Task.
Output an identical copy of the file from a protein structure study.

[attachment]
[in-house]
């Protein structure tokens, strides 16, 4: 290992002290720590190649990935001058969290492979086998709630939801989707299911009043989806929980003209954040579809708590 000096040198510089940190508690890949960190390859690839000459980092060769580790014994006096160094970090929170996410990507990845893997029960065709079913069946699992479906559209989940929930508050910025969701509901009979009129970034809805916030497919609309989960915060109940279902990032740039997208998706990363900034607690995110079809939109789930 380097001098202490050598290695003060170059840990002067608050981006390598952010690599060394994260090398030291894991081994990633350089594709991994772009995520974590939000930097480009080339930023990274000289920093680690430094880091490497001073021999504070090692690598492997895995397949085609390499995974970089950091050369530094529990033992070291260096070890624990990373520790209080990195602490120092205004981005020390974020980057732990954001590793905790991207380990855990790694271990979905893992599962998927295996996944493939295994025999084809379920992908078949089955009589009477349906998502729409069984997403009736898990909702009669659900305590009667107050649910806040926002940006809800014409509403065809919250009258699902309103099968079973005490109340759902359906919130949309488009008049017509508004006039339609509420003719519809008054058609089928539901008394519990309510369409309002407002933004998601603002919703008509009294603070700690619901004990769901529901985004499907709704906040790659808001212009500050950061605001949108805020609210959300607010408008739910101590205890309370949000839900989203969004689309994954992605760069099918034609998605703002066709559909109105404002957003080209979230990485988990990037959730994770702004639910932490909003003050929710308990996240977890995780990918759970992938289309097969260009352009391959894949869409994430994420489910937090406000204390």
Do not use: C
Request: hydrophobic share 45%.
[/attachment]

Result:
[in-house]
């Protein structure tokens, strides 16, 4: 290992002290720590190649990935001058969290492979086998709630939801989707299911009043989806929980003209954040579809708590 000096040198510089940190508690890949960190390859690839000459980092060769580790014994006096160094970090929170996410990507990845893997029960065709079913069946699992479906559209989940929930508050910025969701509901009979009129970034809805916030497919609309989960915060109940279902990032740039997208998706990363900034607690995110079809939109789930 380097001098202490050598290695003060170059840990002067608050981006390598952010690599060394994260090398030291894991081994990633350089594709991994772009995520974590939000930097480009080339930023990274000289920093680690430094880091490497001073021999504070090692690598492997895995397949085609390499995974970089950091050369530094529990033992070291260096070890624990990373520790209080990195602490120092205004981005020390974020980057732990954001590793905790991207380990855990790694271990979905893992599962998927295996996944493939295994025999084809379920992908078949089955009589009477349906998502729409069984997403009736898990909702009669659900305590009667107050649910806040926002940006809800014409509403065809919250009258699902309103099968079973005490109340759902359906919130949309488009008049017509508004006039339609509420003719519809008054058609089928539901008394519990309510369409309002407002933004998601603002919703008509009294603070700690619901004990769901529901985004499907709704906040790659808001212009500050950061605001949108805020609210959300607010408008739910101590205890309370949000839900989203969004689309994954992605760069099918034609998605703002066709559909109105404002957003080209979230990485988990990037959730994770702004639910932490909003003050929710308990996240977890995780990918759970992938289309097969260009352009391959894949869409994430994420489910937090406000204390």
Do not use: C
Request: hydrophobic share 45%.